An Agenda For Change
Former Indian Prime Minister Atal Bihari Vaypayee, in his address to the Antar Rashtriya Sahyog Parishad (ARSP) in New Delhi in 2000, which is the forerunner parley to today’s annual Bharitya Pravsai Diwas (PBD) noted that there were different forces of history that our people, “to leave India and settle abroad. This kind of trans-national movement of people will only accelerate in the increasingly inter-dependent and inter-connected world of the 21st century.”
Vaypayee continued: “The expansion of the Indian Diaspora in the new century and new millennium however, will follow a very different trajectory. In the past, people left India out of distress or some economic compulsion, because ours was then a country under colonial subjugation. This will no longer be the case in the future.”
The early entry of Indian investors in steel and other manufacturing industries have led to a growing Indian business presence in the Caribbean region based in Trinidad and Tobago. Since 1845, two members of the Indian Diaspora have become Prime Ministers. Firstly, it was Basdeo Panday, and the incumbent, Mrs. Kamla Persad-Bissessar, the first woman, and a Hindu as well. Both of have visited India while in office, and Prime Minister Bissessar was awarded the PBD in 2012.
The visits of both Prime Ministers were to a large extent an attempt to explore new prospects for co-operation. Indian banking and insurance interests have made forays into the local financial services industry. Following from India’s continued cultural and religious links, scholarships in various disciplines continue to be offered and Indian professionals have been playing a role in education and information technology.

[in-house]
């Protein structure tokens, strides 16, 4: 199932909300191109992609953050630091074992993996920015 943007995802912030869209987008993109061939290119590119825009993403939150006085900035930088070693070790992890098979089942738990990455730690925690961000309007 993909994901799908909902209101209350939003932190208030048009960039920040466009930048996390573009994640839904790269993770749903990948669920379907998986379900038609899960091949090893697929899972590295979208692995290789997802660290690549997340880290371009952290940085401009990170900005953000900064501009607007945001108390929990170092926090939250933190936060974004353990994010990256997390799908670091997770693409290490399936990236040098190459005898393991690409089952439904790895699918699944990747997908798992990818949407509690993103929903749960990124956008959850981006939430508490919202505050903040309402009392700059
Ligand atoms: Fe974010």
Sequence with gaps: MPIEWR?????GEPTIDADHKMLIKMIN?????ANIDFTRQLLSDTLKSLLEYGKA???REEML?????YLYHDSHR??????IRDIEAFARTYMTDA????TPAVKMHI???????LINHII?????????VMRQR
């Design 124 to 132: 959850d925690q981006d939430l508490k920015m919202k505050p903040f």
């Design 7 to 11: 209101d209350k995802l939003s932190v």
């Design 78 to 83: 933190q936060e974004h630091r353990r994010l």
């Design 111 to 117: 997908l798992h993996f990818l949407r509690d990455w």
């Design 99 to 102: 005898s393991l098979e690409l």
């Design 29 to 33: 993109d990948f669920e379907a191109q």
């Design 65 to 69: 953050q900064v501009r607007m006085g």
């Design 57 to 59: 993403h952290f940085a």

We must continue to add to the cultural frontiers. Indo-Trinidadians have made a serious statement via the political arena through its cultural penetration. Like calypso and steelpan which our African brothers claimed to develop and to demonstrate, Indo-Trinidadians can now claim to the production of the famous chutney presentations, which have now been factored on the entertainment stage.
The Diaspora’s contribution to Trinidad and Tobago co-operates with every facet of the politics and sociology as well. One can easily recognize the commonality of the two distinct races in the arena of cultural presentations.
The celebration of Divali, Phagwa, Ram Leela, Hosay, yagnas and other cultural episodes is intricately linked as major contributions of the Indian Diaspora. We must never forget the presentations of Divali Nagar which has caused the national and international imagination.
The contribution of Indian culture in Trinidad and Tobago is well-noted and it is now being comprehensively documented. Media portrayals continue to improve and expand.